Some have argued that the Holocaust was made possible due to widespread collaboration from local forces, such as the Polish police and certain ghettos such as Litzmanstadt. These local forces helped to capture Jews and transport them to concentration camps. This collaboration was also reinforced by certain harsh laws imposed under the Nuremberg Race laws, which stripped Jews of their German citizenship and prohibited intermarriages and other social contact between Jews and non-Jews.

These laws, alongside the initiative of mobile killing squads, helped create a culture of fear and terror in which Hitler could feel encouraged to subjugate Jews, in his pursuit to create the ‘Aryan super race’. This was also enabled by the state monopoly on violence, which allowed Hitler to legitimize extreme violence against groups of people for the sake of creating a ‘master race’. Historian Dr. Marcus Fitzgerald posits that the Nazi’s policy of state terror played a major role in providing Hitler with the opportunity to carry out his plans to murder Jewish people without retribution.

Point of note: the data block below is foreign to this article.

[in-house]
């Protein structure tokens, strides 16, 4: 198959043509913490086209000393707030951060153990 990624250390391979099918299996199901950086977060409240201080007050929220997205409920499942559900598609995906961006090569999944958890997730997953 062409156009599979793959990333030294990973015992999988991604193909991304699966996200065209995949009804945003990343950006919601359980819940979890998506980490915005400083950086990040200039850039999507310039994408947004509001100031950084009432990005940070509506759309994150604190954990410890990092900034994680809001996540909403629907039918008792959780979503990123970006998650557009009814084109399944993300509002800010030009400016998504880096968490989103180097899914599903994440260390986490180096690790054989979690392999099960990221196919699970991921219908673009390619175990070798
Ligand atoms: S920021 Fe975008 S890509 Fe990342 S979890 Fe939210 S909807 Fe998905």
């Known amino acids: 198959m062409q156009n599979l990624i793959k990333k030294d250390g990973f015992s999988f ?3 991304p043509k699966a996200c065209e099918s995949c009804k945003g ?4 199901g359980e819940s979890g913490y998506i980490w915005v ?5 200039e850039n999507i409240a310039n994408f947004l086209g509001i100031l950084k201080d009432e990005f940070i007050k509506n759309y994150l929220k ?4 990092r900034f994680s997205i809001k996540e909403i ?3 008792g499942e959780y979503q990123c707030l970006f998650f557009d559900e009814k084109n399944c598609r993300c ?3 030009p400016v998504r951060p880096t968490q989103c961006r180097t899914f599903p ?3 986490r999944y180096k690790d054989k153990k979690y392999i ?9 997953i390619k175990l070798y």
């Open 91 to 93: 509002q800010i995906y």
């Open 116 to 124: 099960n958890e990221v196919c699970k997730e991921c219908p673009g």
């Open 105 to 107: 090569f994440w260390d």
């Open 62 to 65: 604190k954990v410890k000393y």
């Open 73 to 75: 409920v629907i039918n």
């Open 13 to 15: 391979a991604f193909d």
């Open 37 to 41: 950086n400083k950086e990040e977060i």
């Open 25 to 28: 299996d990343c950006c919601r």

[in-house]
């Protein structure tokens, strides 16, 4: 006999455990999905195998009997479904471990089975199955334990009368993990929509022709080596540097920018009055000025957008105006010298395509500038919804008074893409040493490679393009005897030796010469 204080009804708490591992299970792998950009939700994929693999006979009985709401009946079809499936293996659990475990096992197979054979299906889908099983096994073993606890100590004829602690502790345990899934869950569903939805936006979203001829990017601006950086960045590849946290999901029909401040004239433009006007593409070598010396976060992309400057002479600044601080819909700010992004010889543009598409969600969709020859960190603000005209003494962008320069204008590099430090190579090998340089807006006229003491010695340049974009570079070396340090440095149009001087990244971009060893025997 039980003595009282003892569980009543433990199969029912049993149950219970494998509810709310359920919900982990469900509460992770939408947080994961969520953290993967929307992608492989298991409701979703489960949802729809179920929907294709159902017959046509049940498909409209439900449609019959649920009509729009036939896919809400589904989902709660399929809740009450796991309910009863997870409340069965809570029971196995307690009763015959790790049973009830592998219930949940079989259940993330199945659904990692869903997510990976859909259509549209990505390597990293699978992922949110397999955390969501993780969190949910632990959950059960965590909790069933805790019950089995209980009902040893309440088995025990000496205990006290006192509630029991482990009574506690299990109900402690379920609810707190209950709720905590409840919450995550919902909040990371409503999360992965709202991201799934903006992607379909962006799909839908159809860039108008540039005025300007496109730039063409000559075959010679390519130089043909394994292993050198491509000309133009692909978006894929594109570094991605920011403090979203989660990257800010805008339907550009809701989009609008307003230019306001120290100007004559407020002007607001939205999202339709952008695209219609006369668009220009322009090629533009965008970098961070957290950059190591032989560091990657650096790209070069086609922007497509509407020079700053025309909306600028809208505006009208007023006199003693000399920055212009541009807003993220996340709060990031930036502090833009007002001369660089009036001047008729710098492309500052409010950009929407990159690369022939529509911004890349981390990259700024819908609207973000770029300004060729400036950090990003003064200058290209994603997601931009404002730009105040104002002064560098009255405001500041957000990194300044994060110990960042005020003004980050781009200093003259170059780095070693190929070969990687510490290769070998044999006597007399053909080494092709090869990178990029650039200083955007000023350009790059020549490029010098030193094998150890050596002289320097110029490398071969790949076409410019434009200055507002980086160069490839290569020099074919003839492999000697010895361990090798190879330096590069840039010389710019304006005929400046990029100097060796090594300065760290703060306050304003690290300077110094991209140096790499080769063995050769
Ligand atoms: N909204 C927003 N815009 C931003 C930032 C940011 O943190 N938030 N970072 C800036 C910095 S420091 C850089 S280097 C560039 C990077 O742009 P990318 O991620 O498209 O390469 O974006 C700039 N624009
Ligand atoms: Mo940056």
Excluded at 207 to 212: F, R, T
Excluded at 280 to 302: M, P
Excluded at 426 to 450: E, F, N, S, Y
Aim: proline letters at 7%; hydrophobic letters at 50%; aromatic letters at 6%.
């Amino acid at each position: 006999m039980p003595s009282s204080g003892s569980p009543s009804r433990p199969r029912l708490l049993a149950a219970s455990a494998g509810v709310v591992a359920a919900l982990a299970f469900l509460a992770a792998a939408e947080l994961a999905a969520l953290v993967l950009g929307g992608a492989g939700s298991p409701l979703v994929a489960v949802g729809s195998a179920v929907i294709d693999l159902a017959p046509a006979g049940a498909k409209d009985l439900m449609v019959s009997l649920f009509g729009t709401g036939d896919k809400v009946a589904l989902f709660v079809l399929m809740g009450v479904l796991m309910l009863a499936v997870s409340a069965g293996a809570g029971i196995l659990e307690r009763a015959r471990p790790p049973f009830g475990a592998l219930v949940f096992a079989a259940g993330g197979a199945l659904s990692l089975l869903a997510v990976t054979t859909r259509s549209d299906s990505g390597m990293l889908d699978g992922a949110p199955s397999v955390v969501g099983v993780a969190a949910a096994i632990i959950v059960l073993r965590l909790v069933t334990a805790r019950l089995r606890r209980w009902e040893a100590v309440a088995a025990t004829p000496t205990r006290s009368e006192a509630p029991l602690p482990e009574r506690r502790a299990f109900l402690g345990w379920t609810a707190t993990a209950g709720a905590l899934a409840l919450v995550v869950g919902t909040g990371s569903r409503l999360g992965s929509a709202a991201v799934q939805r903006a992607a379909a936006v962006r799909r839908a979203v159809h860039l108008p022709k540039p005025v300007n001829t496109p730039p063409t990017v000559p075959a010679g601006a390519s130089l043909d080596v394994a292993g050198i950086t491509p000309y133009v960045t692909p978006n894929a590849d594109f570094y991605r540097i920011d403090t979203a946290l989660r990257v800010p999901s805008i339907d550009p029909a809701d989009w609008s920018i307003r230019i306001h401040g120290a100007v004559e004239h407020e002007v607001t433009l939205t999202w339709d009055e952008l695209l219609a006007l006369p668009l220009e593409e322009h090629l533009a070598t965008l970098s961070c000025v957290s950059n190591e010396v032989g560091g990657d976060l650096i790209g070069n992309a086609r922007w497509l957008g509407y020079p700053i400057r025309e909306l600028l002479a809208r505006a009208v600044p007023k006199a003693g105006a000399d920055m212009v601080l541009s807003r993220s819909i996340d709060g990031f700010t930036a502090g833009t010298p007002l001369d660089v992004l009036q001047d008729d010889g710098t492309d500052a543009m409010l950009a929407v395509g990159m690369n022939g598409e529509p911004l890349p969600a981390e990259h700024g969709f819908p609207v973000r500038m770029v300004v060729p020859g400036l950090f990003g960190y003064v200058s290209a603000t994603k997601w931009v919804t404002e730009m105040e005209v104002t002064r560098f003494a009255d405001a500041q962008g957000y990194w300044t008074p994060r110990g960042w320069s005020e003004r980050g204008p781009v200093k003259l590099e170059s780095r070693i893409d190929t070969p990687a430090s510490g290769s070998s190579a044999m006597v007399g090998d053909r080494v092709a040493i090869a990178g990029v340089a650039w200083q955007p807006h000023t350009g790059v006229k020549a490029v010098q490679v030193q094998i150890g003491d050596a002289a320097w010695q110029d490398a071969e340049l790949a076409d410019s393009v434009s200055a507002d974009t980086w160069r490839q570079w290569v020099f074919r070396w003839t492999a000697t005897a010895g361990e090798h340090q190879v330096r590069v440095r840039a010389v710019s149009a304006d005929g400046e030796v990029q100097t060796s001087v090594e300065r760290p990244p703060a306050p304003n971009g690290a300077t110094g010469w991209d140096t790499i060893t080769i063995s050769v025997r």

Nationalism and Expansionism

Finally, some have argued that the Holocaust was also a consequence of a desire for German nationalism and expansionism. Historian, Dr. Nathan James, argues that the Holocaust was a result of Nazi Germany’s desire to expand its borders in order to increase its political and military power. James points to the Nazi regime’s pre-war plans to create a ‘living space’ called Lebensraum in Eastern Europe, in which they could obtain more land and resources, as well as in their ‘New Order’ plans to bring the German culture and language to Eastern Europe. According to James, these plans relied heavily on Jewish people as targets as they felt that Jews were a major threat to their plans.

Thus, it can be seen that the Holocaust was a result of many different factors. Hitler’s personal grievances and his reign of terror, combined with economic and political motives and nationalist ambitions, all culminated in the mass genocide of Jewish people.

Elizabeth Baker is an experienced writer and historian with a focus on topics related to famous world dictators. She has over 10 years of experience researching, writing, and editing history books and articles. Elizabeth is passionate about uncovering lost stories from the past and sharing interesting facts about some of the most notorious dictators in history. In her writing, she emphasizes how dictators can still affect modern-day politics and society. She currently lives in Seattle, Washington where she continues to write and research for her latest projects.

Leave a Comment